Ecclesiastes 11:1-4, 6
Cast your bread on the waters: for you shall find it after many days.
These are not the words of some Very young man who has much fervor and little experience; they are those of one who has known the disappointment and disenchantment of life. They come, therefore, with the greater force to us. We gather from them -
I. THAT IT IS WELL WORTHWHILE TO SPEND OUR WHOLE STRENGTH IN LOVING SERVICE. "Cast thy bread upon the waters" - scatter the precious bread-corn, drop it into the flood; that is not the act of a. fool, but of a wise man. "Give a portion to seven;" ay, go further than even that in your liberality - spend your whole strength in that which is good and beneficent, lavish your resources, let there be a generous overflow rather than a cool calculation in your service; and this whether you are acting as a citizen, as a neighbor, or as a member of the Church of Christ.
II. THAT, IF WE ARE WISE, WE SHALL LET OUR VERY IGNORANCE STIMULATE US TO EXERTION. Is it worthwhile to. sow when we cannot be sure that we shall ever reap? Since we do not know what evil may come in a week era day, had we not better turn the seed of the sower into bread for the eater? No; let our ignorance concerning the future be rather an incentive to activity. Say not, "I do not know what changes may come upon the earth; how little my labors may prove to be profitable; who will appreciate my devotion, and who will be unresponsive and ungrateful; therefore I shall suspend my exertions." Say rather, "I cannot tell what is coming; how soon I may be rewarded; how short may be the term of my life and of my opportunity here; I must therefore lose no time and waste no strength; I must do whole-heartedly all that is in my power. Because I cannot tell which of my words will fall like water on the rock, and which like seed upon the fertile soil, whether the morning or the evening labors will be rewarded, therefore I will do my best; perhaps this present effort I am now making may be the very one which has in it the seed of a glorious harvest." Thus our very ignorance may stimulate us to holy and fruitful action.
III. THAT WE SHOULD NOT ALLOW OURSELVES TO BE DISTURBED BY THE UNSYMPATHETIC FORCES ROUND US. If the clouds are full of rain, they will empty themselves on the earth without any regard to our necessity for fine weather; the tree will fall this way or that, according to the wind, whomsoever or whatsoever it will crush by its weight. The forces of nature are quite unsympathetic. Feebleness may incapacitate or death may take away our most efficient fellow-laborer; the changes that affect our human lives may reduce our means or remove our agents, or even close our agencies; but we must not be daunted, nor must we stay our hand on this account. The full mind, like the full cloud, must pour itself forth, and may do so in words and ways we do not like; the man, like the tree, must take the line toward which he strongly inclines, and this may be one that traverses our tastes and wishes, Never mind! We are not to let our good work for Christ be arrested by such incidental difficulty as that. We are to "quit us like men, and be strong," and we are to triumph over such hindrances as these.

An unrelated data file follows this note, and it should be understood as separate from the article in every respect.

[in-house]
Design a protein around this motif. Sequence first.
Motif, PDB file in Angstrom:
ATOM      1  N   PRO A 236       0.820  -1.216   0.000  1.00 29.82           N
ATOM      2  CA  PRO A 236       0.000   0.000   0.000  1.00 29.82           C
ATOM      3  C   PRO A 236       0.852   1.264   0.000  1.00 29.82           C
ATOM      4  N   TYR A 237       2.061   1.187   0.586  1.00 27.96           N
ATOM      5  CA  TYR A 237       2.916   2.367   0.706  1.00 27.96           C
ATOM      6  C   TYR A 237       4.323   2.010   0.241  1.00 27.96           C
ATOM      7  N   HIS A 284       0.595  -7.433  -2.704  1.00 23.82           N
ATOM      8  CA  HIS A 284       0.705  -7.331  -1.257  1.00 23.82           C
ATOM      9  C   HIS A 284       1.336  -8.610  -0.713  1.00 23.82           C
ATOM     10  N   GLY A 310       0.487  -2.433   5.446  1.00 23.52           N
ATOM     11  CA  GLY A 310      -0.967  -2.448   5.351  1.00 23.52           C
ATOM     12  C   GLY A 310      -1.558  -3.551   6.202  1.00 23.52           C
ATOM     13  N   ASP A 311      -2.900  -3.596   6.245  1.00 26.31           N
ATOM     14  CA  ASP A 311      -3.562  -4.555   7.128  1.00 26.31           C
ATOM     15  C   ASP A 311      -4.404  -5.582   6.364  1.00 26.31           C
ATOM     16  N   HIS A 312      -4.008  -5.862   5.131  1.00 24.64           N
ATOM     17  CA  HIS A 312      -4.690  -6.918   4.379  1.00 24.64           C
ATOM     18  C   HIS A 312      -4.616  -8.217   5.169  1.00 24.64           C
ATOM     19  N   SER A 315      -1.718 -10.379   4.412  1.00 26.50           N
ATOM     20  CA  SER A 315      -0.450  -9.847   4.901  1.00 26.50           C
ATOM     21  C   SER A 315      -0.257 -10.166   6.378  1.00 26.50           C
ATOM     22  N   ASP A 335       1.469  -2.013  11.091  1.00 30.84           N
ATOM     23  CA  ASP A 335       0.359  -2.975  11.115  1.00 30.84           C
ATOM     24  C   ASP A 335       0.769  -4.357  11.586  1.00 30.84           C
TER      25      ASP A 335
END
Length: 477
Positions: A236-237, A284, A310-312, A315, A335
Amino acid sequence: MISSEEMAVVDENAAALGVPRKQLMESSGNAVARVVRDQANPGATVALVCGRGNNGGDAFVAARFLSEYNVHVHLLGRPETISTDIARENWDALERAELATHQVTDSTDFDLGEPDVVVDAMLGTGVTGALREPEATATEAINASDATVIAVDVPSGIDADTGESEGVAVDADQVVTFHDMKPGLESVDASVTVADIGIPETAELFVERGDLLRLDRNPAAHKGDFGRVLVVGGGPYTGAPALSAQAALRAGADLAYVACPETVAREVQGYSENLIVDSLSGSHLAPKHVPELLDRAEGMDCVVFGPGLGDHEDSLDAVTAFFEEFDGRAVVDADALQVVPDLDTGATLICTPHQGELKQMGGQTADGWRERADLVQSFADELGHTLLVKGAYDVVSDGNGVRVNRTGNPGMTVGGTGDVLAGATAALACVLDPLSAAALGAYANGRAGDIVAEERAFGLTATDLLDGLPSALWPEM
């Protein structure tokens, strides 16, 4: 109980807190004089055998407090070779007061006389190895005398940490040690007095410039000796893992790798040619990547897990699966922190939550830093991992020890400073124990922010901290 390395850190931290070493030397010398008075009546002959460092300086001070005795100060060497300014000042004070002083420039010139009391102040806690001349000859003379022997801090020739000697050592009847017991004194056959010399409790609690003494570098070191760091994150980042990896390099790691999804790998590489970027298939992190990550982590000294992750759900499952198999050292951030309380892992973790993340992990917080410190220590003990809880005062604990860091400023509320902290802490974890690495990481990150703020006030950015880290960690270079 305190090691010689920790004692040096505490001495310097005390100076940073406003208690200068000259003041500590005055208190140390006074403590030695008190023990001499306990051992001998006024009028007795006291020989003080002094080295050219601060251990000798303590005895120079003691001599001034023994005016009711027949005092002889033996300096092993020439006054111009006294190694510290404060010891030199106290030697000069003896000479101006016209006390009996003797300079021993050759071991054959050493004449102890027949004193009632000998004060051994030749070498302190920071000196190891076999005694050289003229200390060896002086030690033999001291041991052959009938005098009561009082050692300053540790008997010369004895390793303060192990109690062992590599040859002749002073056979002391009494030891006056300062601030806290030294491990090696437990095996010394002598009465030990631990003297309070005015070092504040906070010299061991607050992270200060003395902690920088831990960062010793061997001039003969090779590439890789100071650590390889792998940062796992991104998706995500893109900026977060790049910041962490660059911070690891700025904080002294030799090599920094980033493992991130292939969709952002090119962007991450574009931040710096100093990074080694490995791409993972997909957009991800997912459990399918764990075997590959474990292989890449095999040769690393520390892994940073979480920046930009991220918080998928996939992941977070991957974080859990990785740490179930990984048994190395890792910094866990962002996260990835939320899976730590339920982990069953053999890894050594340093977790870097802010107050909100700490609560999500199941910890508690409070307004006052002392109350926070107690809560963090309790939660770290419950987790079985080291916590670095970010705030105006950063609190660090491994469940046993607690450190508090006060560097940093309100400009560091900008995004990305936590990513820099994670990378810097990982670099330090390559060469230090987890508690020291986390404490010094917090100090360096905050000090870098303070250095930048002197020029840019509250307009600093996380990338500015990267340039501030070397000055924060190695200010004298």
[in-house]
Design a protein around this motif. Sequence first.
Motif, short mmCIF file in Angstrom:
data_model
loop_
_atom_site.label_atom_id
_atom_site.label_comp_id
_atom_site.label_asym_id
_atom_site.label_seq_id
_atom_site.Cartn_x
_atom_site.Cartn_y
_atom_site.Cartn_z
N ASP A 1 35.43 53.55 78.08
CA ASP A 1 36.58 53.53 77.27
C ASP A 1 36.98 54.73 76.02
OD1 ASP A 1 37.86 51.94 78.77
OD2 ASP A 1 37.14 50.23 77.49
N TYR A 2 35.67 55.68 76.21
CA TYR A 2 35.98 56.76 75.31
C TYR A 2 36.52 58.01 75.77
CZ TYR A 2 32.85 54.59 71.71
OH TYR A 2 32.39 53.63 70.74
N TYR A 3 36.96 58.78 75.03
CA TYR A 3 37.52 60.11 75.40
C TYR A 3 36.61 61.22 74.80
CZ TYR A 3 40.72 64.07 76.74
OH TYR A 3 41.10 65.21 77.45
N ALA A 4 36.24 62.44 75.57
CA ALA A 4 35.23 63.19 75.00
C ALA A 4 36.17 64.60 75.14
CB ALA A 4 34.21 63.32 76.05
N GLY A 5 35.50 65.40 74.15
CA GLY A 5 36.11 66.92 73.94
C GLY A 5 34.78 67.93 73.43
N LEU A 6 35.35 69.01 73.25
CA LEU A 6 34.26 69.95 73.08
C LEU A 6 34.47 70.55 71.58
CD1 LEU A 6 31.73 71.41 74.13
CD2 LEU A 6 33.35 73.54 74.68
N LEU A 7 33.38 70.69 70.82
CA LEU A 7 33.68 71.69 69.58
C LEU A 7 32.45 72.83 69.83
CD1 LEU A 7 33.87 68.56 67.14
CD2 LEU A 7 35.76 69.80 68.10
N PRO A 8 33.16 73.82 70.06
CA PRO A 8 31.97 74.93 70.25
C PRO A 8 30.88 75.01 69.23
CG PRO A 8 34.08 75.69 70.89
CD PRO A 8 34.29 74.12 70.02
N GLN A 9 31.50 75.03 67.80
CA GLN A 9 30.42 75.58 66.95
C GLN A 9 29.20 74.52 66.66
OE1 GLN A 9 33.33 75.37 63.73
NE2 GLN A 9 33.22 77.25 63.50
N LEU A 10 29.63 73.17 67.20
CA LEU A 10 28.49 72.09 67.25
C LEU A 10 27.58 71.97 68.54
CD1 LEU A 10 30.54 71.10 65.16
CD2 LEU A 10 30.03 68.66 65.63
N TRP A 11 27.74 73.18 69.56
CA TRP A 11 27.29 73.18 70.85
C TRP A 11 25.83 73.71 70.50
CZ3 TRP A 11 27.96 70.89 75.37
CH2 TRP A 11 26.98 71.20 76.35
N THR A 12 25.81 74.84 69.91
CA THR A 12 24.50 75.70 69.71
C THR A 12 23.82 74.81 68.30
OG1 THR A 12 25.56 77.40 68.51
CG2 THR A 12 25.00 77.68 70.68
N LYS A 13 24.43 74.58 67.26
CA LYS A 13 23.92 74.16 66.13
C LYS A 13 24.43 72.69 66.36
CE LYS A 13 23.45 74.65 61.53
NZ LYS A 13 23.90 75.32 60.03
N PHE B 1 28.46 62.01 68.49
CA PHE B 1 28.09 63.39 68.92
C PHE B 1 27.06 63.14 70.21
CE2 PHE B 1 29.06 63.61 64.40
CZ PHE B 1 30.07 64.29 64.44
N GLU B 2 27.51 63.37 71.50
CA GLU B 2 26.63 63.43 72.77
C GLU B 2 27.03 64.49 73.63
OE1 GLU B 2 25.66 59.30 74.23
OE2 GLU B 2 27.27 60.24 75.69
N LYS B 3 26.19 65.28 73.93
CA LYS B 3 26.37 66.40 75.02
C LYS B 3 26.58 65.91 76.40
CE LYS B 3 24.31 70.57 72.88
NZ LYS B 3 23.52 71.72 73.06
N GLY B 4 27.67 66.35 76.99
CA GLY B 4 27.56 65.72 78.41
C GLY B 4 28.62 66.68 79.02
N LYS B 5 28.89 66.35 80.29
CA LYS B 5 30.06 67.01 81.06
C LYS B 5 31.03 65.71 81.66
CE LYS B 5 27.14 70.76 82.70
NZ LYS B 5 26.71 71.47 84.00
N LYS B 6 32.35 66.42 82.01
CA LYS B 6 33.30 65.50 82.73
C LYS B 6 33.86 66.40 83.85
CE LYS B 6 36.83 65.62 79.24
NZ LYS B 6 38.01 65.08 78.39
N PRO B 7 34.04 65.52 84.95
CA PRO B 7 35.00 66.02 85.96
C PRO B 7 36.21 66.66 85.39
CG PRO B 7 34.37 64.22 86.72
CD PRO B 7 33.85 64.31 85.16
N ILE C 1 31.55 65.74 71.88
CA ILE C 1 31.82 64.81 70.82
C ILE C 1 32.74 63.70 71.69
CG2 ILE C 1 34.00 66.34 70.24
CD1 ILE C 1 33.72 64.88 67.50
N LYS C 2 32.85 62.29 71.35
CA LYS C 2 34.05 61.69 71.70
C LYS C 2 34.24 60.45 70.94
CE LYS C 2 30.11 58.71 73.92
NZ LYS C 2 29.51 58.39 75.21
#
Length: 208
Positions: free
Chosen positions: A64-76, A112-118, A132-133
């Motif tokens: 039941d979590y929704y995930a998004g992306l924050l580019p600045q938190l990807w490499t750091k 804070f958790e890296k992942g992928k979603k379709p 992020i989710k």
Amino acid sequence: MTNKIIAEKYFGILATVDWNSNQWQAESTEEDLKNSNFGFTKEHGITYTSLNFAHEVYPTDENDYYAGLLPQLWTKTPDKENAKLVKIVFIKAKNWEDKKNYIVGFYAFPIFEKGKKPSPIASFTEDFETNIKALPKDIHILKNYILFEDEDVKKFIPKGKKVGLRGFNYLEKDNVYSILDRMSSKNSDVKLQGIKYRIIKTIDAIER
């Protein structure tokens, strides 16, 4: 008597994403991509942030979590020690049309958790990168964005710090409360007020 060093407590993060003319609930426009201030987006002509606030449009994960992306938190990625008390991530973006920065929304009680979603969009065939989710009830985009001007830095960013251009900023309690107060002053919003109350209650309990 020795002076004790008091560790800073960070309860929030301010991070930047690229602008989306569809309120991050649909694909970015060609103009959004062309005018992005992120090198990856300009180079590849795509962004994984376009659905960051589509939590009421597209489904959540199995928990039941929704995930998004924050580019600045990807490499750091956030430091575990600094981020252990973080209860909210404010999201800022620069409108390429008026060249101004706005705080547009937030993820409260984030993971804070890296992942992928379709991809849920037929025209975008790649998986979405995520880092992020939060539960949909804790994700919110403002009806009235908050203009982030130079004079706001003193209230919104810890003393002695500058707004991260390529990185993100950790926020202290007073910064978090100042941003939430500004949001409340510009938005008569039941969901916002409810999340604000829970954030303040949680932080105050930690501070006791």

IV. THAT WE ARE NOT TO BE IN ANY HURRY FOR THE HARVEST. The seed we cast "shall be found after many days." The husbandman hath "long patience," waiting for the fruits of the earth. The history of the noblest men is one long sermon on the blessedness of patience. It says to the Christian pilgrim and workman, "Work and wait; work diligently, intelligently, devoutly, then wait prayerfully and hopefully. Be not surprised, much less distracted, because the harvest is still far in the future; in due season you will reap, if you faint not." - C.
Parallel VersesKJV: Cast thy bread upon the waters: for thou shalt find it after many days.